Wise, Wise West
While his music is highly overrated, superstar rapper Kanye West has been making some crucial statements recently that could go a long way in changing some of Hip Hop's more unsettling trademarks. Following the noble and thoughtful anti-bling message about the tragic conditions of the diamond mining industry on his new single, "Diamonds (From Sierra Leone)," West came out fairly strongly against gay-bashing and homophobia in a recent interview that aired on MTV. Though it took a family member's coming-out to make him understand the hypocrisy of being intolerant towards homosexuals, West's words are a welcome respite from many of his peers' usual way of thinking.
Masked Hard Rock crew Slipknot is suing Burger King for copping their style. Like the Tom Waits' court case where the singer successfully sued the makers of Doritos for appropriating his voice in a commercial, Slipknot is claiming that BK's latest ad campaign, featuring a masked Rock band called (kid you not) Coq Roq, is intentionally ripping off the band's image. If you're thinking, "Duh? What about GWAR!" then you think like a Burger King lawyer.
In court documents obtained by the awesome thesmokinggun.com, BK's legal team defends the burger giant by pointing out Slipknot's own lack of imagination. "Many bands wear masks and/or make-up to accomplish a mask-like effect," one defensive document states, "including ... KISS, Gwar, Insane Clown Posse, Mushroomhead, Mudvayne, Marilyn Manson, Los Straitjackets and the Spits." Yeah, but it doesn't make it right.
Electronic music pioneer Robert Moog died on Aug. 21, the result of an inoperable brain tumor found in April. His synthesizer inventions were used by a wide range of experimental and mainstream musical acts, including The Who, Stevie Wonder and The Beatles. His presence is vast, but Moog's creations can be heard in everything from the Prog Rock of the '70s to the New Wave of the '80s to the Electronica movement of the past several years. The synth icon was the subject of a recent, critically-acclaimed documentary film, titled, simply, Moog.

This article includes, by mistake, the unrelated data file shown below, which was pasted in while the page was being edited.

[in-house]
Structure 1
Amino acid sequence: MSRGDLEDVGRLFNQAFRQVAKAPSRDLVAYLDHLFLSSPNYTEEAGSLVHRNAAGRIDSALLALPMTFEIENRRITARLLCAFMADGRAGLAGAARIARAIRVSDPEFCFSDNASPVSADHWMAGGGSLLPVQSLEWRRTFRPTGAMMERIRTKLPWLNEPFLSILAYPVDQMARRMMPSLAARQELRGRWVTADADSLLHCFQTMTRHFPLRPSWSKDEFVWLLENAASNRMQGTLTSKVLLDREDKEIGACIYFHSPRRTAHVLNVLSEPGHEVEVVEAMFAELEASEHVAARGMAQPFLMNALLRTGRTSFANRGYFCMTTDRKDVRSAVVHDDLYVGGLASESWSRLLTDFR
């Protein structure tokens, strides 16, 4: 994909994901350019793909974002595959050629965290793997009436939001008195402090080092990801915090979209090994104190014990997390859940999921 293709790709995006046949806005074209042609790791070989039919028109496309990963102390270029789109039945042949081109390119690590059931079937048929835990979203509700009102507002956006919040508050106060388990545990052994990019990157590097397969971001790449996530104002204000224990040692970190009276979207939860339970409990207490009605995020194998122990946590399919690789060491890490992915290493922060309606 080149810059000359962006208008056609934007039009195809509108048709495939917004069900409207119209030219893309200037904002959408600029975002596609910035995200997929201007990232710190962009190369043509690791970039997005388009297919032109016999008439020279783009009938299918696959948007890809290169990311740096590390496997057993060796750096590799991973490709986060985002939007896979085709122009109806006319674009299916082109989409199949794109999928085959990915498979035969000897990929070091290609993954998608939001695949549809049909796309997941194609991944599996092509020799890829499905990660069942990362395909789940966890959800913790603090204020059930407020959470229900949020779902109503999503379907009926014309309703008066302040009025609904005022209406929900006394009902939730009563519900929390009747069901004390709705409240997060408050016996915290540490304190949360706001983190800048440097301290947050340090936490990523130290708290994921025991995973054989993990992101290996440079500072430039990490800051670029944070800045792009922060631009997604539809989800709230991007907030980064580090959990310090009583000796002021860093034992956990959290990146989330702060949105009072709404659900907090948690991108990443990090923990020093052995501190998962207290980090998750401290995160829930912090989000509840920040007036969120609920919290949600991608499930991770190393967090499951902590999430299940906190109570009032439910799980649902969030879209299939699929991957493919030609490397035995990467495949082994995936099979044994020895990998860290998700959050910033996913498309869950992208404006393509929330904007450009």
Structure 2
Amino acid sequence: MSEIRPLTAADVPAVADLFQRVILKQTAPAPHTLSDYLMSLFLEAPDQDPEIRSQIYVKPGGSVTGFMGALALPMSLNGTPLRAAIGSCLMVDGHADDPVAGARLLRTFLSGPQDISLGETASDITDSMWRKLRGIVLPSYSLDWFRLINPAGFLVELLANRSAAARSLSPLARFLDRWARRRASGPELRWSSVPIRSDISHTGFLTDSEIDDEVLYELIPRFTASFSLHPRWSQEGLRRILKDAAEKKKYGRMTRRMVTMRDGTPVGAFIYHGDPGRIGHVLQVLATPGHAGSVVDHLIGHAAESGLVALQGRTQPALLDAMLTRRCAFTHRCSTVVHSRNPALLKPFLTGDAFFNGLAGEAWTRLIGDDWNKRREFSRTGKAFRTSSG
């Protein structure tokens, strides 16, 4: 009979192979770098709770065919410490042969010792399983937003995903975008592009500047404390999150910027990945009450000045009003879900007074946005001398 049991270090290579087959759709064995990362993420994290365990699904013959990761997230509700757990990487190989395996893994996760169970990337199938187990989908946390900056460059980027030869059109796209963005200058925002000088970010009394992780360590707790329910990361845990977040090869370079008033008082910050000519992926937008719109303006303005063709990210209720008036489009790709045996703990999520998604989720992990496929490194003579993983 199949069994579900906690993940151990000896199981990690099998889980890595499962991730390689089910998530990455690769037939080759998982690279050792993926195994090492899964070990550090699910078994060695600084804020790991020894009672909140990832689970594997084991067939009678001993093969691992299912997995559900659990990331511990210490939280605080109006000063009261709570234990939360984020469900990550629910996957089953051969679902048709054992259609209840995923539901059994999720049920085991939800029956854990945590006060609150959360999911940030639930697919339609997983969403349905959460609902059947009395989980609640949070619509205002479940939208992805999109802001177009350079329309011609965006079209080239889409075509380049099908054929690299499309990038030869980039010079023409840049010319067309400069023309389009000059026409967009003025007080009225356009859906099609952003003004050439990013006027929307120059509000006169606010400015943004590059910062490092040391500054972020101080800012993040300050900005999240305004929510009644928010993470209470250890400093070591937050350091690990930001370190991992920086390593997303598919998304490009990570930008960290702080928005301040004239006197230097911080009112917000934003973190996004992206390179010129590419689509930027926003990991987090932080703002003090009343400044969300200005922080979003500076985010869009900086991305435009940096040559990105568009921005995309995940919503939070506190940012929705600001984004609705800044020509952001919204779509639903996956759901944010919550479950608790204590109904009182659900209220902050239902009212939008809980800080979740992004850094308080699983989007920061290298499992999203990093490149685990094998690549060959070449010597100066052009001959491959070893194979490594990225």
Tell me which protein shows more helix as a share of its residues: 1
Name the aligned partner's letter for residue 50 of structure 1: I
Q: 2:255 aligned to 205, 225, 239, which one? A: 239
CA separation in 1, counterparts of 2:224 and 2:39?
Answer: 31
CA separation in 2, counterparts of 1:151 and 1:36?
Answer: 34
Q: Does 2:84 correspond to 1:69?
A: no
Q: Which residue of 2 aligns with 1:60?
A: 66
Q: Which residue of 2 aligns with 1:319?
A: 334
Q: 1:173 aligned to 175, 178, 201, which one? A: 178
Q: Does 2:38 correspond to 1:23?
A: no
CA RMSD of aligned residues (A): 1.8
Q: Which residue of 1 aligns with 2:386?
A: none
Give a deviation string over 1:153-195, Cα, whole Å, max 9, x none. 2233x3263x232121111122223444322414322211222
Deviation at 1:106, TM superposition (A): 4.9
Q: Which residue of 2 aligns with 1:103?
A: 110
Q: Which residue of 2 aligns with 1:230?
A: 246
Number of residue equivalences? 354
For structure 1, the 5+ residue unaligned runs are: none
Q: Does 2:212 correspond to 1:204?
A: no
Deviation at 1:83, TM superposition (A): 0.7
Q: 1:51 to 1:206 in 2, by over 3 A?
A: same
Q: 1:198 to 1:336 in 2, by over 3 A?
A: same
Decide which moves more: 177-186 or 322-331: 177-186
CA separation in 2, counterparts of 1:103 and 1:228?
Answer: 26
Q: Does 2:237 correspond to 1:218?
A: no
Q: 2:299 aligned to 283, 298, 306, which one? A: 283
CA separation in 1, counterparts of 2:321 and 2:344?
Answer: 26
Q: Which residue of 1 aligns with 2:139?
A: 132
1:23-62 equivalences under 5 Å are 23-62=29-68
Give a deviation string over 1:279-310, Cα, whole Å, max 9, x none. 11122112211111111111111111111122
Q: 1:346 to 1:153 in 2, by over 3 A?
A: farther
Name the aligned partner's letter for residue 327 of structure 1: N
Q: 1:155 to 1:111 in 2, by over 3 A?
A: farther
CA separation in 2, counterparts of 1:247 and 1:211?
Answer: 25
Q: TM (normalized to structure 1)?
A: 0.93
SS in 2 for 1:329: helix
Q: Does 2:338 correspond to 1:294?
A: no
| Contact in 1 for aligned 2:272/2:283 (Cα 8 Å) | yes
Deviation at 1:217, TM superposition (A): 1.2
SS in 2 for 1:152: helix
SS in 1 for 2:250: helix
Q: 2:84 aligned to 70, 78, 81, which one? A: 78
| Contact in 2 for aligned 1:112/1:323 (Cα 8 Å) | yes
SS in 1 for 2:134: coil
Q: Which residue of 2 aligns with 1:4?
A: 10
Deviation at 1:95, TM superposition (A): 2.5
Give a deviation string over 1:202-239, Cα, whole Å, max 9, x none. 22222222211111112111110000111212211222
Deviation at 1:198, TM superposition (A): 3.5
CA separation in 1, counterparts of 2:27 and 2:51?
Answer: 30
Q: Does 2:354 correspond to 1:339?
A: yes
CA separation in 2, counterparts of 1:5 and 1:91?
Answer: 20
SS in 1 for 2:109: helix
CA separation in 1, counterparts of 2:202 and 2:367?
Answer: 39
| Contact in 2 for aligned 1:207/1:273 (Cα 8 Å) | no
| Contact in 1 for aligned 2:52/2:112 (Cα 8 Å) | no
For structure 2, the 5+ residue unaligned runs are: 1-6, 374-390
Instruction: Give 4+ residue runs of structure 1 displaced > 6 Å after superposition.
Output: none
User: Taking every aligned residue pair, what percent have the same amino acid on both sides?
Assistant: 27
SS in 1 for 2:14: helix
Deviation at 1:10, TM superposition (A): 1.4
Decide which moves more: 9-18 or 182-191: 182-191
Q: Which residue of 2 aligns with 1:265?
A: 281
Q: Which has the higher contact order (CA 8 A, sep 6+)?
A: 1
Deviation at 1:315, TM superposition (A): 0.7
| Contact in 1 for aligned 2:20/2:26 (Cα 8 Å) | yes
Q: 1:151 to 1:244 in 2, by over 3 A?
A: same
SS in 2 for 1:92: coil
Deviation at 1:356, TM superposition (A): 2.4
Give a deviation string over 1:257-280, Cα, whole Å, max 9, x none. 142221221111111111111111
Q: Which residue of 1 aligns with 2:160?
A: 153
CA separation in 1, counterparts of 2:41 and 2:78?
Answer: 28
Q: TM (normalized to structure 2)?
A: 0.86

Former Doors drummer John Densmore scored a victory last month when a judge ruled that his former bandmates could not perform under any name that included the word "Doors." Cocktail-lounge-worthy keyboardist Ray Manzarek and guitarist Robby Krieger had been touring with Cult singer Ian Astbury under the horrendous moniker "The Doors of the 21st Century," with Densmore sitting out because, well, he seemed to be the only one who realized Jim Morrison was dead. The group has settled on the new name Riders on the Storm, which, now that we think about it, is actually a pretty good name for a Doors cover band, although surely one that's been used by other mimics. Now that's a court case headline we'd like to see: "Tribute Band Sues Tributees Over Name Copyright Infringement."
White Trash Party Source
Like so many of our citizens approaching their Golden Years, Garth Brooks is soon to be working for Wal-Mart. Unfortunately, he won't be donning the snazzy blue vest and greeting customers at the front doors. Billboard magazine reports that Brooks has signed a deal that will make Wal-Mart the exclusive distributor of all of the chubby weirdo's horrible albums for the next several years. Maybe he can get Chris Gaines a job.